Dir: Hlynur Pálmason | Cast: Simon Sears, Elliott Crosset Hove, Drama | Iceland/Den | 89′
There’s a great deal to admire in Icelandic director Hlynur Pálmason’s stunning debut Winter Brothers (Vinterbrodre). Visually and thematically this is a intense portrait of fraught and uneasy brotherhood, but the narrative is too slim and meandering to really underpin this dour psychodrama.
Most of the action takes place in the dimly lit caverns of a remote limestone mine in Denmark where the brothers in question Emil (Elliott Crosset Hove) and Johan (Simon Sears) work together, their gruff conversations are often drowned out by the thudding industrial turmoil around them. Emil is the less appealing of the two and given to pinching anything he can lay his hands on, he also peddles his home brew to his fellow-workers. Johan is the more placid and older brother of the pair but clearly there is an uneasy competitive streak that threatens to erupt at any moment, and it does during one striking scene in this tough character driven piece with its occasional flinty sparks of humour.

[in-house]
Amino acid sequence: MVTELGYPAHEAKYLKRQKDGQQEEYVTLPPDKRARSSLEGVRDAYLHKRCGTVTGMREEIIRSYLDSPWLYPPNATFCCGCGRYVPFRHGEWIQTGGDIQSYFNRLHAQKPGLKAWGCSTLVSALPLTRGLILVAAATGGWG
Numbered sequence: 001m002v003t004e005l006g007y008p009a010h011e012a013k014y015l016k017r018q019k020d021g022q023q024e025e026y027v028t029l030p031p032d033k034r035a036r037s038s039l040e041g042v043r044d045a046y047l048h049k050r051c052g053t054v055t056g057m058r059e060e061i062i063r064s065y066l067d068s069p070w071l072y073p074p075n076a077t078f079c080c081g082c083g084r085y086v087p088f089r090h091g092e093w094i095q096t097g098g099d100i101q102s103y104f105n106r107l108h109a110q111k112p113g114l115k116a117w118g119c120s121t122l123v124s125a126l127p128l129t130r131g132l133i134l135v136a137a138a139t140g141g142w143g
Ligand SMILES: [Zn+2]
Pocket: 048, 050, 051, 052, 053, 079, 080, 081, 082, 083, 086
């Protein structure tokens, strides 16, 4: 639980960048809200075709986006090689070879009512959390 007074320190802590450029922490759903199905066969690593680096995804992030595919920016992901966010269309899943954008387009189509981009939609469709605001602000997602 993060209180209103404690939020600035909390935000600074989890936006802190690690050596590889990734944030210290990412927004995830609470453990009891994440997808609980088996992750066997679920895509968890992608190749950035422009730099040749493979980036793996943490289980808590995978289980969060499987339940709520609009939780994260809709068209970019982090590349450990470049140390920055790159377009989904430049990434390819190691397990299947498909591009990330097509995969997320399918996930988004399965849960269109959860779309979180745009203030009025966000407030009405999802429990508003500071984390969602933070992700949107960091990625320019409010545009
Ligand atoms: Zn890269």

It soon transpires that Emil’s liquor is a lethal concoction and potentially fatal for one of his workmates, turning the community against him. And as he emerges a victim, we ironically start to feel more sympathy for his mournful predicament as the lonely outsider, largely due to Crosset Ove’s skilful performance. As Emil, he also shines in the sequences where his boss (Lars Mikkelsen) brings him to heel and in his fascination for armed combat and training videos that leads him to obtaining an automatic rifle.
DoP Maria Von Hausswolff’s evokes the vastness of the wild snowbound Northern scenery to great effect, the only brightness coming from the miners’ helmets as they punctuate the bleak hell-hole of the mine. WINTER BROTHERS is a decent first feature showing a director mastering his craft and hopefully developing a stronger narrative in his next title. MT
LOCARNO FILM FESTIVAL | 2-12 AUGUST 2017